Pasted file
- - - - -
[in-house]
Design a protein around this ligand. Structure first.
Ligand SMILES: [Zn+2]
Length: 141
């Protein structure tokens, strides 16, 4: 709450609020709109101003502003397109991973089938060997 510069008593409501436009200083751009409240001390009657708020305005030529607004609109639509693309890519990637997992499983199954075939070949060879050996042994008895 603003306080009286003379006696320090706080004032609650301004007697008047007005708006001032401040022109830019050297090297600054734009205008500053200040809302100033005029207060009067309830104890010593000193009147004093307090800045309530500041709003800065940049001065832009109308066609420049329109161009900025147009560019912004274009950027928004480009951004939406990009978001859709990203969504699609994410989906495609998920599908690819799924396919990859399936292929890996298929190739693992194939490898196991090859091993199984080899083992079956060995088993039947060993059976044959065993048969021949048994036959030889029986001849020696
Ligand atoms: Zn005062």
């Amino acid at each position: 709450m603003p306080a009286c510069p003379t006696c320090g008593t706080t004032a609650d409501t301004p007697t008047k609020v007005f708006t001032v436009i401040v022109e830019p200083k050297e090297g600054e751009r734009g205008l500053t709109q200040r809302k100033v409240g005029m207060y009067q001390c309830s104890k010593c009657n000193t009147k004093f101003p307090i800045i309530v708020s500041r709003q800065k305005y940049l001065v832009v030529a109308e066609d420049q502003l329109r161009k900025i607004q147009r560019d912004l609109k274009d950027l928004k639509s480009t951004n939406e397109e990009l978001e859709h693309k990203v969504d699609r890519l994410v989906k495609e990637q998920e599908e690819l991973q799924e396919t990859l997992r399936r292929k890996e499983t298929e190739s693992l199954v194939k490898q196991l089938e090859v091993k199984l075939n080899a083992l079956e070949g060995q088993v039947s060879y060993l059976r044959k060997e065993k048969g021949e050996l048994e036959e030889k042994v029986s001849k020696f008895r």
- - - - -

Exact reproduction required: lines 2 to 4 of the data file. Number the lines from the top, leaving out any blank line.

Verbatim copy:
Design a protein around this ligand. Structure first.
Ligand SMILES: [Zn+2]
Length: 141